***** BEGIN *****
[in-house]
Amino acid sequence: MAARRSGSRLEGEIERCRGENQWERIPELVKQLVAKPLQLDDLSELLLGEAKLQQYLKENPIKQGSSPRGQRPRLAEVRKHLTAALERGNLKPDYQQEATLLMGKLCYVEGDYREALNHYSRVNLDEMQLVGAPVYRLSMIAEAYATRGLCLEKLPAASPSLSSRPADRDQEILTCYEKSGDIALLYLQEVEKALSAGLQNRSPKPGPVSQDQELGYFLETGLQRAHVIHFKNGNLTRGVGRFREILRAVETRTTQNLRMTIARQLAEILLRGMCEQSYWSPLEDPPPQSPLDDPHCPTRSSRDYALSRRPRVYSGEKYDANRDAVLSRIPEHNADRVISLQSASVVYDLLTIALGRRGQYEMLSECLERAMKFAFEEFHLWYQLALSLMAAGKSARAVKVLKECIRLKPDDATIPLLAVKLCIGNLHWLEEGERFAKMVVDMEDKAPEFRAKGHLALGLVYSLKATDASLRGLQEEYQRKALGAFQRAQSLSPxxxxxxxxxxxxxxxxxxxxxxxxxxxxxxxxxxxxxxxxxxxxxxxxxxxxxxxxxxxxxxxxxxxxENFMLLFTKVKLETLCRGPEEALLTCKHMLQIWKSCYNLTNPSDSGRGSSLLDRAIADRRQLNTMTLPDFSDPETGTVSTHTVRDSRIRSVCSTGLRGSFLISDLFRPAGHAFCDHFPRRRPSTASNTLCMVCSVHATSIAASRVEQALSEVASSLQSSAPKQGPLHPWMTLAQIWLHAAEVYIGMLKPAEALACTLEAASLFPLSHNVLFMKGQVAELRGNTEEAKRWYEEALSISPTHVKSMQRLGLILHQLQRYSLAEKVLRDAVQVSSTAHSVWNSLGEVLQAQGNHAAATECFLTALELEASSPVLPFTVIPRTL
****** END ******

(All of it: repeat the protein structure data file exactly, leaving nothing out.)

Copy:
[in-house]
Amino acid sequence: MAARRSGSRLEGEIERCRGENQWERIPELVKQLVAKPLQLDDLSELLLGEAKLQQYLKENPIKQGSSPRGQRPRLAEVRKHLTAALERGNLKPDYQQEATLLMGKLCYVEGDYREALNHYSRVNLDEMQLVGAPVYRLSMIAEAYATRGLCLEKLPAASPSLSSRPADRDQEILTCYEKSGDIALLYLQEVEKALSAGLQNRSPKPGPVSQDQELGYFLETGLQRAHVIHFKNGNLTRGVGRFREILRAVETRTTQNLRMTIARQLAEILLRGMCEQSYWSPLEDPPPQSPLDDPHCPTRSSRDYALSRRPRVYSGEKYDANRDAVLSRIPEHNADRVISLQSASVVYDLLTIALGRRGQYEMLSECLERAMKFAFEEFHLWYQLALSLMAAGKSARAVKVLKECIRLKPDDATIPLLAVKLCIGNLHWLEEGERFAKMVVDMEDKAPEFRAKGHLALGLVYSLKATDASLRGLQEEYQRKALGAFQRAQSLSPxxxxxxxxxxxxxxxxxxxxxxxxxxxxxxxxxxxxxxxxxxxxxxxxxxxxxxxxxxxxxxxxxxxxENFMLLFTKVKLETLCRGPEEALLTCKHMLQIWKSCYNLTNPSDSGRGSSLLDRAIADRRQLNTMTLPDFSDPETGTVSTHTVRDSRIRSVCSTGLRGSFLISDLFRPAGHAFCDHFPRRRPSTASNTLCMVCSVHATSIAASRVEQALSEVASSLQSSAPKQGPLHPWMTLAQIWLHAAEVYIGMLKPAEALACTLEAASLFPLSHNVLFMKGQVAELRGNTEEAKRWYEEALSISPTHVKSMQRLGLILHQLQRYSLAEKVLRDAVQVSSTAHSVWNSLGEVLQAQGNHAAATECFLTALELEASSPVLPFTVIPRTL